Olivia Dish

Cake: It’s What’s for Dinner

In Cookbooks, Homemade, Sweets on January 2, 2010 at 11:27 am

Turkey cake at Publix

My friend Smilen Seychees and I were talking about Cake Wrecks. Smilen, a photographer, said “I’ve got to send you pictures of two cakes I saw in Atlanta.”

And here’s the ham

The cakes were fabulous—and kind of ridiculous.  And after watching Food Network contests, seeing how much people handle those cakes, I don’t want to eat them. My ideal is made-from-scratch, for eating not ogling.  After months of craving, I baked one to start the new year.

My mother baked cakes when we were growing up.  She let us measure the ingredients, handle the mixer, spread the frosting on the layers.  I am wondering now if I grew up in some kind of golden age of cake baking.  Cake had ceased to be a political issue that could send you to the guillotine.  Cake had not yet become the guilt-laden child-killer that is banned from schoolyards everywhere.

After some worry, myself, about calories, fat, and sugar, I decided to hell with it and (rather appropriately) made the devil’s food cake I love, based on a recipe from Good Enough to Eat by Carrie Levin and Ann Nickinson.  Though not that different from other recipes, this one always delivers: the cake is moist yet light, chocolaty and not too sweet; the frosting, which includes cream cheese, tastes like something other than sugar.

cake layer one

Assembly begins…so far, so good

Over the years I’ve modified their recipe a little (find my version here).  I’ve lowered the oven temperature from 350 degrees to 325, in an effort to keep the layers from rising up in the middle and splitting.  For the frosting, I’ve reduced quantities—one 8 ounce block of neufchatel instead of 2 blocks of cream cheese, 2 1/2 cups of powdered sugar instead of 4, 1 stick of butter instead of a stick and a half. This seems to give me just the right amount of frosting.

Frosting the cake

Going commando? No wax paper to protect cake plate…

Though I detest food guilt, I have to say, cutting back on the frosting calories eases my conscience.  (As does skipping a big dinner , having just a little soup, and making cake the main attraction—an idea I got from working with Chef Kathleen Daelemans.)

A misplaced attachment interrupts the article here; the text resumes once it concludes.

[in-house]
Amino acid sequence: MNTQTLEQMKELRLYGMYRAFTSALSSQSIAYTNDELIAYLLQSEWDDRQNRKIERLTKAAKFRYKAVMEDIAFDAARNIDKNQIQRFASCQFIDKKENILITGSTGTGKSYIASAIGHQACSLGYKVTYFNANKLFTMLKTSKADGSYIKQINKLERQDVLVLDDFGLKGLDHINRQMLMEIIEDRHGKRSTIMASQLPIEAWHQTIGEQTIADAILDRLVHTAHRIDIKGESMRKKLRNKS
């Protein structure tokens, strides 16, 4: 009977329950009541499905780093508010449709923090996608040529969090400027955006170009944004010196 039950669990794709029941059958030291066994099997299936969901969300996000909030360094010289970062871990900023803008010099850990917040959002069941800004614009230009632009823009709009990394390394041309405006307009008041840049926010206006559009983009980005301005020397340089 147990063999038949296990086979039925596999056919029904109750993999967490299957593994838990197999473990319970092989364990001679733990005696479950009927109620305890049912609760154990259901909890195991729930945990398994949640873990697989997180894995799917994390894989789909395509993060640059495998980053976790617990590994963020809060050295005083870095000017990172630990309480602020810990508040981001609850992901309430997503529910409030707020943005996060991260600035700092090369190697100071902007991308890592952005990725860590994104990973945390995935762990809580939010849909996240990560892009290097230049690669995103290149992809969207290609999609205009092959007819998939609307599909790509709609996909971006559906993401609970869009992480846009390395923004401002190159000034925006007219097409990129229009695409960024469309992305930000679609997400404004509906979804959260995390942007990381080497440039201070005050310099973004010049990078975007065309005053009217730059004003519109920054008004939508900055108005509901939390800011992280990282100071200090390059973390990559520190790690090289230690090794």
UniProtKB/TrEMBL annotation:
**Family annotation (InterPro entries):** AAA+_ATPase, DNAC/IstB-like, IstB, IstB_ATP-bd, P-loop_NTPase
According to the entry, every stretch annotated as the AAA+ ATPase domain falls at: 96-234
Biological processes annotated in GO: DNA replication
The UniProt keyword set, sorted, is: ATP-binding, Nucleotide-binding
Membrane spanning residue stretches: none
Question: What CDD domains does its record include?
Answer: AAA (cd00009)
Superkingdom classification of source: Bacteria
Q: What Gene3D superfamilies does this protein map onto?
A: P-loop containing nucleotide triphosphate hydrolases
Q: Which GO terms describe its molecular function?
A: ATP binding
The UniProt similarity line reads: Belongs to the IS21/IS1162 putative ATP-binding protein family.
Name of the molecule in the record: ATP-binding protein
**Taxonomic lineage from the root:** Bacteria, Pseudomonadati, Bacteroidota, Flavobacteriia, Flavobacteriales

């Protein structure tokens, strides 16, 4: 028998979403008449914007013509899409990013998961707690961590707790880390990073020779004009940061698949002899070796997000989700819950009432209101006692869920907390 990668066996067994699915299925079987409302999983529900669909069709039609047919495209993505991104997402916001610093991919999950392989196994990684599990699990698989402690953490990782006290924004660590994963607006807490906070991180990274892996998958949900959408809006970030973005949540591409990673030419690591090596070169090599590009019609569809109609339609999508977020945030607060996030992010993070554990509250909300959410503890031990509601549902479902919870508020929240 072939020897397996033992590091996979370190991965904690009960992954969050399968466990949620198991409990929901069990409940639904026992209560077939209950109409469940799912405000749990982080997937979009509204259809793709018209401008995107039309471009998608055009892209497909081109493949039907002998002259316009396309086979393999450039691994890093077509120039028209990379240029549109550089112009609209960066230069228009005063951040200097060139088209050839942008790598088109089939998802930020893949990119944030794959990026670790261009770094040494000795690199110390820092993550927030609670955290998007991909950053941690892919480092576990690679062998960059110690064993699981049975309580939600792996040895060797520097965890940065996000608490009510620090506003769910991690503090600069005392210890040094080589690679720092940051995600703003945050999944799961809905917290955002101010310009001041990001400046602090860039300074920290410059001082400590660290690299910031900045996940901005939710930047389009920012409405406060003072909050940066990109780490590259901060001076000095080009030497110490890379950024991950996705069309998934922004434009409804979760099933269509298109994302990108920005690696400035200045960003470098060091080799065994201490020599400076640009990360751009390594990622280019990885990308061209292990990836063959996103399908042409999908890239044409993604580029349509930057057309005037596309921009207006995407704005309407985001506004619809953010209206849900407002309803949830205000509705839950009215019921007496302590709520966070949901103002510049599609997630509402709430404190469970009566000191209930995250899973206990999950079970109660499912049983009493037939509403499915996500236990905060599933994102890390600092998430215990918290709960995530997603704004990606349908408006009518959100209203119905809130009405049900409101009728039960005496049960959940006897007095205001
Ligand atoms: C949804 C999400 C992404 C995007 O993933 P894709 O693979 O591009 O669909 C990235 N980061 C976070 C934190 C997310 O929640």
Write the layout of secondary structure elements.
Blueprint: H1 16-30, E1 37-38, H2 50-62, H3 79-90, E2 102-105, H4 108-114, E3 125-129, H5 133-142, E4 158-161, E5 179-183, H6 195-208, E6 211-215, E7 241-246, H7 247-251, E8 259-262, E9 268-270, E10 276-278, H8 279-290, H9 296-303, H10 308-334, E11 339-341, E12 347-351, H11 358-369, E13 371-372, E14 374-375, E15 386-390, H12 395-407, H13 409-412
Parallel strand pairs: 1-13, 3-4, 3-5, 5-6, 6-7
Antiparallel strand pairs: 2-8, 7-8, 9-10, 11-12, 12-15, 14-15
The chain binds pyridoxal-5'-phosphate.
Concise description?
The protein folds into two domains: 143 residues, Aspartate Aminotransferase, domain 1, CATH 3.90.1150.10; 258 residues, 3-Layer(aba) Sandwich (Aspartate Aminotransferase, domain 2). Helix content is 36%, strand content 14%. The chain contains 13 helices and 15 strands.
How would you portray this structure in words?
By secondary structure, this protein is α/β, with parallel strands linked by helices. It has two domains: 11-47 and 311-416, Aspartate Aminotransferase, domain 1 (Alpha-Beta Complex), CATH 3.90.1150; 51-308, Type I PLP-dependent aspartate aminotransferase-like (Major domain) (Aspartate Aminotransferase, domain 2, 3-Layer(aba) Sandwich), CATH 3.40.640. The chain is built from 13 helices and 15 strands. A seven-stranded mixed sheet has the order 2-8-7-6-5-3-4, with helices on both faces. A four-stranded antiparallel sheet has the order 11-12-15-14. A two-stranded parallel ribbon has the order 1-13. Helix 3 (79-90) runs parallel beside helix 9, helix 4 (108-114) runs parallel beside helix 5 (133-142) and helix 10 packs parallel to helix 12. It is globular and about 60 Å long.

My friend Dizzy Frummunger, hearing that I was about to assemble the thing, came by for cake with a side of soup.  Poor Diz, his mother never let him help with baking cakes when he was growing up.  So a year ago, I encouraged him to frost a cake I’d baked.  When my mother and sisters heard the story, they reacted as if he were a recovering victim of child abuse.

He still seems amazed by the process of cake baking and offered to take pictures as I smoothed on the frosting.

Perfection, however short-lived…

“Is it lopsided?” I asked Diz.

“No, it looks delicious,” Diz said, as if these were somehow mutually exclusive.

Smugly, I thought, this cake proves that the best way to avoid a cake wreck is to make an honest cake.  It was beautiful.

First we heard a rumble, then the ground buckled…

Did this cake sense my self-satisfaction? As if on cue, it opened up down the middle, looking like an aerial photo of the San Andreas fault.

“Quick, get a picture,” I said.  “The cake is breaking apart.”

The flash went off just as the cake split itself (neatly, at least) in half.

I worried that I’d undercooked the layers.  I peeked into the crevasse.  Nothing oozing, at least.  Diz and I sliced wedges from the eastern half.

All’s well that ends well

“It’s so light, but not dry,” Diz said, his mouth full of cake.

It was perfect.  Except for the spontaneous dividing.

Maybe the cake was trying to tell me something—half for me, half for someone else.  Perhaps I had created the new diet sensation, the self-portioning cake.

Fantastic, except it’s hard to find someone to take the other half on New Year’s Day.  Damn those resolutions.

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